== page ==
Book Review: Right Place Right Time by Robert Rutöd

robert_rutoed_righttimerightplace_02Being at the right place at the right time is usually associated with happiness and success. But what happens when we are at the right place at the wrong time? Do we even know that this is the right place? And what if it turns out that it is the wrong place after all, but the right time?! It may seem like a tired cliche, but an enormous aspect of good photography really is about being at the right place at the right time. Truly good photography makes it easy for the viewer to say “I could have done that”. But to make something look easy takes a great deal of skill and effort. Rutöd provides nothing less than the proper combination of visual irony, juxtaposition of people, place, and timing.




In her foreword, Aline Smithson mentions the impression and staying power of Rutöd’s images. Her observations of his work quantify the ability of a photographer to produce images that convey far more than first meets the eye. For myself, reviewing Rutöd’s images made me recall a time in my publishing career when I was viewing literally thousands of images each day, but Rutöd’s images are the contrast to the rule. In general, stock photography being used in educational publishing is a flood of generalized, banal images that are mostly meant to illustrate broad topics. Before the widespread use of the internet for image research, editors relied on books shipped out from agencies. Amid the volumes of general stock photography catalogs, there were gems that an editor would pull out for special projects; the ones you remember and value for the visual wealth they could provide. Images that would make an editor plead to the Art Director to spend extra budget on certain images – because they would make the project sing. For me, Rutöd’s images would be in that special set of images.



The images Rutöd presents are often ones with a dark humor or tragicomic view: The blind man who finds orientation by putting his stick in a tram track, the helpless swan that finds itself frozen to the vast stretch of ice, or the amputee operator of a shooting range set up in a ruined building. It gets macabre with the portraits of the Pope, Hitler and Mussolini decorating the labels of wine bottles. Again, as Smithson’s foreword attests, “We need Robert’s photographs to make us realize what we are missing, and allow the levity of his work to not only see ourselves with amusement, but to simply, see ourselves.”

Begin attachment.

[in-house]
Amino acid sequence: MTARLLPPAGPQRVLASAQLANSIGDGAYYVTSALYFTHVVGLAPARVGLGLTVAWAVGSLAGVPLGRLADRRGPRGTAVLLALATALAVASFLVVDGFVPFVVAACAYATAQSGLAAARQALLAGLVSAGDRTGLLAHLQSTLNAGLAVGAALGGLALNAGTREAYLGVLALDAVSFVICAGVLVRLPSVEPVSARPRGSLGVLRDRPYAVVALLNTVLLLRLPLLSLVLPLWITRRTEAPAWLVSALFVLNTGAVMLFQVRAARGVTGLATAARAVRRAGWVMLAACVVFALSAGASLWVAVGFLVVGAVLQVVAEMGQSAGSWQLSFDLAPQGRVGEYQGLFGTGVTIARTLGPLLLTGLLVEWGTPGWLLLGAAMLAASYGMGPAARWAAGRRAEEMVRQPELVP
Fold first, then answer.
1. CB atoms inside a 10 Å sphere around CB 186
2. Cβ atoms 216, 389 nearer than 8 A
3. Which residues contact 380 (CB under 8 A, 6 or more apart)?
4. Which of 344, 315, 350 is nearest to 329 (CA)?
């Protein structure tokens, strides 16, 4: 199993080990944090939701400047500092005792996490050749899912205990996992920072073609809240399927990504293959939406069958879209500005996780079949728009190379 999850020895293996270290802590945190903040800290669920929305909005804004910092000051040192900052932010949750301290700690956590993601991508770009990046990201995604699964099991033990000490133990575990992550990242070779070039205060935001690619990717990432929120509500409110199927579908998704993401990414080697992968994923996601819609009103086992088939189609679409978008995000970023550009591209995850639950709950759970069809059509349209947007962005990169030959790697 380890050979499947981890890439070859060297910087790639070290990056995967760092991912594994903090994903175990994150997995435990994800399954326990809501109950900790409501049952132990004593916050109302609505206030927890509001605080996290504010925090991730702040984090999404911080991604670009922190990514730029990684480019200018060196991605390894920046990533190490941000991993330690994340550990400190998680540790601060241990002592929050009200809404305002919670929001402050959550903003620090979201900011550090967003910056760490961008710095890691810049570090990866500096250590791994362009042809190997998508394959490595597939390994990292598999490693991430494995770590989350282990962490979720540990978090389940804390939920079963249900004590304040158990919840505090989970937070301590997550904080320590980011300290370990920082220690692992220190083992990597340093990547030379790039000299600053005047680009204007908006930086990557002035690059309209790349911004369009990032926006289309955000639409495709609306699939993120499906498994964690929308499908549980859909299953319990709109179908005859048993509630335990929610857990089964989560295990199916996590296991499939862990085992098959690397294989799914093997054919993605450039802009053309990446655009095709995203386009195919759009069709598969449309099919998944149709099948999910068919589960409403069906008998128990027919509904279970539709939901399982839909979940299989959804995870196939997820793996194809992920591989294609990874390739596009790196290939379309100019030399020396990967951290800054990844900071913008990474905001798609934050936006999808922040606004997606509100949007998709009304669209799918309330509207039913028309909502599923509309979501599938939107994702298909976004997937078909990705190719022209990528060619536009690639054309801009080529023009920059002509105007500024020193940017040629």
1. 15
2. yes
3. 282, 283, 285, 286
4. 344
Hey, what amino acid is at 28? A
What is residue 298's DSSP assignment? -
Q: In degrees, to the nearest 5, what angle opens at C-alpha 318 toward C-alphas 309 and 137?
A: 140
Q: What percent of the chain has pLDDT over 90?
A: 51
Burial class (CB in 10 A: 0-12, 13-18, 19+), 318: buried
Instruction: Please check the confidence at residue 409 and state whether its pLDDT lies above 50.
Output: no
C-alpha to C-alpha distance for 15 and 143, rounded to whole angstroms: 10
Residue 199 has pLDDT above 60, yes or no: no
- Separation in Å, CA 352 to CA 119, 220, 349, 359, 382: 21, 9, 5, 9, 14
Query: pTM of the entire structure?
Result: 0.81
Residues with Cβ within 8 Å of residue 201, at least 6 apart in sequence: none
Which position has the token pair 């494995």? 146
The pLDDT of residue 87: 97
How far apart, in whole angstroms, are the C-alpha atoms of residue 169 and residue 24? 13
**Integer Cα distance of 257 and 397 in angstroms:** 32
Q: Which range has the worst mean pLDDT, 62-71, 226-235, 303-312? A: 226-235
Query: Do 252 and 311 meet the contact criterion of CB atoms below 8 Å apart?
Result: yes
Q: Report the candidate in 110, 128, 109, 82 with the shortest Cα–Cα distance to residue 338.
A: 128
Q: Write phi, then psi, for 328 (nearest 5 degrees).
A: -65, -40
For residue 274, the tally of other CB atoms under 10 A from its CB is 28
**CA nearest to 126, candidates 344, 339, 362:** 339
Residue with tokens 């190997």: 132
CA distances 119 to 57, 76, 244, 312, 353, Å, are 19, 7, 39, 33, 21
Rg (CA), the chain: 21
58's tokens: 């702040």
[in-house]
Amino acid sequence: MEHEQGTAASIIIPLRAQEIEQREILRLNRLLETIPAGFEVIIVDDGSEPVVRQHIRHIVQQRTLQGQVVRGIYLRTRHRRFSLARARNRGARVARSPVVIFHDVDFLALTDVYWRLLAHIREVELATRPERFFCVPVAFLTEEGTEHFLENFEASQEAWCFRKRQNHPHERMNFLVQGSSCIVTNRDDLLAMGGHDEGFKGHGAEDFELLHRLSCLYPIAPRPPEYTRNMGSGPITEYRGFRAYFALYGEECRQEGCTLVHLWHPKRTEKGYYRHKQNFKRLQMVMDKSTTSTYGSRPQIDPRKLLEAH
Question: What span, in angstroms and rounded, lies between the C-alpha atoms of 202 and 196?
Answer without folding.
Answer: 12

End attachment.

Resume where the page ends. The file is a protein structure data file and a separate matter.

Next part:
Rutöd’s book made me smile, smirk, and comment aloud at the visual wit and insight he possesses. His humor that exists in moments of reflection, or moments of keen observation, are perhaps exactly what we need in a time when so much of the world is anything but humorous.


Right Time Right Place by Robert Rutöd
Foreword by Aline Smithson
120 pages, 55 color plates, 21 x 24 cm.
Language: English
Print run: 300 copies.
Red metal foil embossed hard cover
ISBN 978-3-200-04200-1

Robert Rutöd is a photographer from Vienna, Austria. He has been photographing for almost four decades, and has had numerous international exhibitions of his work. Right Time Right Place received several awards, including the New York Photo Award, the Special Prize of the Czech Center of Photography, and most recently Artist of the Year at Dong Gang International Photo Festival in South Korea.

To find out more, and order a book, signed copies are available on Rutöd’s website:

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Interview with photographer Charlotte Woolf



Sarah Hadley: How did you first become involved in photography and what led to you working in this medium as an artist?

Charlotte Woolf: I have always taken pictures. My mom was my first influence, documenting our family and scrapbooking avidly. I would borrow my mom’s cameras and eventually she started giving me my own.